NAIROBI, Kenya, Mar 3 – Kenya is at the early stages of preparing students for jobs that will be in demand in the future.
Diamond Junior School Director Janet Mulei says future career paths need students with necessary skills to tackle emerging opportunities that include artificial intelligence, big data, the Internet of Things, non-humanoid robotics and encryption.
“These skills are set to drive future growth across industries as diverse as health, education, marketing and agriculture among others,” Mulei says.
She says students need to learn these new technologies early enough and be adept with them.
“Virtually every country in the world is working towards a digital economy. As this new economy evolves, special skills like computer programming are needed,” she explained.
Several studies have assessed the effect of learning code on primary school children – usually between the ages of six and 13. In each case, the findings show that it is beneficial to children, irrespective of their career path later on in life.
“Coding is just another language, and children are known to learn new languages faster than older people. So starting young is a good idea. Several countries – including Australia, Finland, Italy, and England – have developed coding curricula for children between the ages of five and 16 years,” she added.
In 2016, Kenya launched the nationwide rollout of its Digital Literacy Programme in primary schools and has to date distributed over one million devices to more than 19,000 public primary schools across the country.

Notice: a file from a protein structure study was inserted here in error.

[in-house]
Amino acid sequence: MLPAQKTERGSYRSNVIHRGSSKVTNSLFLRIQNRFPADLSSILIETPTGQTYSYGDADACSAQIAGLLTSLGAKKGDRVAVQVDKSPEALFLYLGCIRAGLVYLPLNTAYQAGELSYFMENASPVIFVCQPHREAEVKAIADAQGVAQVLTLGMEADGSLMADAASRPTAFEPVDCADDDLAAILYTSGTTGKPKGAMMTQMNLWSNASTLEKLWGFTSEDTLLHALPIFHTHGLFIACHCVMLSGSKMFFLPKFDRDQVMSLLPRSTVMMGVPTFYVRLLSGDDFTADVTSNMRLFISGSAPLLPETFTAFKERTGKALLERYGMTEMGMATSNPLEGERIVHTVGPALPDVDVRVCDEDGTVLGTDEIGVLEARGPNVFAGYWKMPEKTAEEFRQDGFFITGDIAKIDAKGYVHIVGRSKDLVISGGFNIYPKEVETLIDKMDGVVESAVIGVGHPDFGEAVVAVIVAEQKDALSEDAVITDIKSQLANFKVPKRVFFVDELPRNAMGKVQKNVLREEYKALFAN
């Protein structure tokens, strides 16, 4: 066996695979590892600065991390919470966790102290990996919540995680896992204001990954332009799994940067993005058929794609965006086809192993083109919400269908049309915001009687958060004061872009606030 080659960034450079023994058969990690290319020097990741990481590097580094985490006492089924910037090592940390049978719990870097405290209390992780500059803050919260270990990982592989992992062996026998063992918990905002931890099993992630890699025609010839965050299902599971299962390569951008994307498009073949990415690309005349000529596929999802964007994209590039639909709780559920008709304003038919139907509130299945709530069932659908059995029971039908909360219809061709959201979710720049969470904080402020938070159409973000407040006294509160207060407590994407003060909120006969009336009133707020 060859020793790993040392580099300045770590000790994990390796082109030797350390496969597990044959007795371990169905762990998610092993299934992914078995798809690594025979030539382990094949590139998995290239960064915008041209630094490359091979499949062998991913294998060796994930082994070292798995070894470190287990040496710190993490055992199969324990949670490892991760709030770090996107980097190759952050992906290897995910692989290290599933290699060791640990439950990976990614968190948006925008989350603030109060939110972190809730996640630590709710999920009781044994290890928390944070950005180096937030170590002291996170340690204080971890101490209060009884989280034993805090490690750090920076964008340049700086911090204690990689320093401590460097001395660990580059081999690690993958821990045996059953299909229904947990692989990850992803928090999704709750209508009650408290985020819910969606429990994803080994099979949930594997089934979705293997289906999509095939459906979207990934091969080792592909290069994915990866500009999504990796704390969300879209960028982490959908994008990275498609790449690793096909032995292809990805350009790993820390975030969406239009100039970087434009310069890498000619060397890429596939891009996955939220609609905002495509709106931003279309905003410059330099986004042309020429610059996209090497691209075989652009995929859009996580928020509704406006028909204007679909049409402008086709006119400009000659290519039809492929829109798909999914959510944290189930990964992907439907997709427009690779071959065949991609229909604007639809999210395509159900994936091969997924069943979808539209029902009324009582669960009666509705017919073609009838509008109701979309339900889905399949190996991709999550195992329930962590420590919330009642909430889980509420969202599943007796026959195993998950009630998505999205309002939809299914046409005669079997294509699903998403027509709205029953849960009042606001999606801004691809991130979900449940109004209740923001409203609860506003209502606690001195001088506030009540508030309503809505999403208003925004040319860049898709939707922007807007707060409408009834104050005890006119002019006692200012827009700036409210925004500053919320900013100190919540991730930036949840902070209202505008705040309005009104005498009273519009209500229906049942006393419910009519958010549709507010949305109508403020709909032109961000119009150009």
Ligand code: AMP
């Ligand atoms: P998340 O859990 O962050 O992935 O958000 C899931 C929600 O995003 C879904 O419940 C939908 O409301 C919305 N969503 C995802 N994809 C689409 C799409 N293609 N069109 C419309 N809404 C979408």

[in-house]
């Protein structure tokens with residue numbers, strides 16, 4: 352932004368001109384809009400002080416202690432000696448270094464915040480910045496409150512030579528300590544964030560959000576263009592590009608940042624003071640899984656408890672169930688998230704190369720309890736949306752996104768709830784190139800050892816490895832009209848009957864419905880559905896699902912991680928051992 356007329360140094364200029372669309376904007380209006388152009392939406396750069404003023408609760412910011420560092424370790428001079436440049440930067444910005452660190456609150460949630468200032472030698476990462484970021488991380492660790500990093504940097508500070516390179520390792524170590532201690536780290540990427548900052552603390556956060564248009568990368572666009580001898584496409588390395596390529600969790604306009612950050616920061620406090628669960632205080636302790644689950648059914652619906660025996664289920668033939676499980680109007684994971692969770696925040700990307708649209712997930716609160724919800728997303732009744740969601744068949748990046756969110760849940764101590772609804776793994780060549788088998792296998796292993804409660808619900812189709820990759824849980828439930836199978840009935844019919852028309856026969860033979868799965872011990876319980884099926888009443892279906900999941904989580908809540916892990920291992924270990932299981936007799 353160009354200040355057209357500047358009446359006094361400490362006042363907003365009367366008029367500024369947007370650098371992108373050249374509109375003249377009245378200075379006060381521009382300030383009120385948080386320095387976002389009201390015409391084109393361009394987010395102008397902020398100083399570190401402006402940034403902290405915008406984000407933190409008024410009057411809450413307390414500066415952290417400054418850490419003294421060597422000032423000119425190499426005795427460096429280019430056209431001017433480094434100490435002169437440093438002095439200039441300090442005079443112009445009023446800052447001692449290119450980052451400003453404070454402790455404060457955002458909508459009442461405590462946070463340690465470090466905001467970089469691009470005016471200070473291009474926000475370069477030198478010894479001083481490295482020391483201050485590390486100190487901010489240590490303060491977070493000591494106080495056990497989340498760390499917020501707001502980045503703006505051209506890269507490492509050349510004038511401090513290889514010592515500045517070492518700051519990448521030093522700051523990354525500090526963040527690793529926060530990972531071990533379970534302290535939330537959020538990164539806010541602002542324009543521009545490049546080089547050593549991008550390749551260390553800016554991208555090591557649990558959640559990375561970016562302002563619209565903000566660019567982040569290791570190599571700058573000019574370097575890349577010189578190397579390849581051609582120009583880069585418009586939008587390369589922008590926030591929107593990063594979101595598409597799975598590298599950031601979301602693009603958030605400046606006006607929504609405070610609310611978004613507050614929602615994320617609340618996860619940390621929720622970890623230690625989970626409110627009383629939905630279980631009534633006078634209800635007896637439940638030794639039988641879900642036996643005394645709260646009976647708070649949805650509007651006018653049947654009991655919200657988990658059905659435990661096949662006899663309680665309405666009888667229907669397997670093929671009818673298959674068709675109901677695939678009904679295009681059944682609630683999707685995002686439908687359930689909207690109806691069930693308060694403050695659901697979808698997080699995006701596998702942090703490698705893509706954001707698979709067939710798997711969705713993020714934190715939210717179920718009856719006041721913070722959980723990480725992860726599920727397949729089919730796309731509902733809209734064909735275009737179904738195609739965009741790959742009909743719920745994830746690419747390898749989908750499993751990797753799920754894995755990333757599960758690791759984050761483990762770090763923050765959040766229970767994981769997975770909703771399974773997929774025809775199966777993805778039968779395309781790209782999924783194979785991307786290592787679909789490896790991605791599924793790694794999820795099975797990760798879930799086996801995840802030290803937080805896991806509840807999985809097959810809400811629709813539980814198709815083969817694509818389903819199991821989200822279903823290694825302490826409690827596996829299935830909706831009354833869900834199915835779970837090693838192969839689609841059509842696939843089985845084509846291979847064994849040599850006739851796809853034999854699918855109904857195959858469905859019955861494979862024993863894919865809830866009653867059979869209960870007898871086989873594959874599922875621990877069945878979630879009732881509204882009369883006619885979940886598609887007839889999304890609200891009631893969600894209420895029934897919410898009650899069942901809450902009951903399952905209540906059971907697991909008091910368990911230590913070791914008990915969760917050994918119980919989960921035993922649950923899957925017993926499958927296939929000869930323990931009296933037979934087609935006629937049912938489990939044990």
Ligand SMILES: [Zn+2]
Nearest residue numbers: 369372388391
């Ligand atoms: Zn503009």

According to the ICT Authority, about 91,000 teachers have been trained to deliver the digital learning content and more than 89.2 percent of all the public primary schools have been supplied with the devices.
At the same time, teachers across the country’s public primary schools have reported increased student alertness, boosted school attendance, and increased school admissions, according to the ICT Authority.
Coderina, a youth-focused not-for-profit organization that works to promote and enable innovation and creativity in STEM skills across Nigeria and Africa is gradually rolling out robotics and coding training in 30 schools in Kenya.
The students get to participate in FIRST (For inspiration and recognition of Science and Technology) LEGO league which is an international tournament in more than 100 countries that seeks to inspire students to build skills in hands-on learning possibilities, creativity, collaboration, and fun.
“At our school, we are intentional about integrating ICT with learning because it affects every aspect of our life and deliberately equips our students with skills and opportunities that strengthen 21st century required skills. Our children will need to thrive in communication, critical thinking and problem-solving skills to enable them to thrive in their personal lives and their careers,” she noted.
Some of the STEM subjects included in Diamond Junior’s curriculum are Robotics, Coding, Lego Education and the children begin with these subjects from as early as 5 – 6 years.
“In 2019 Diamond Junior School was awarded the GESS Education award in Dubai for best use of digital Learning in the classroom,” says Mulei.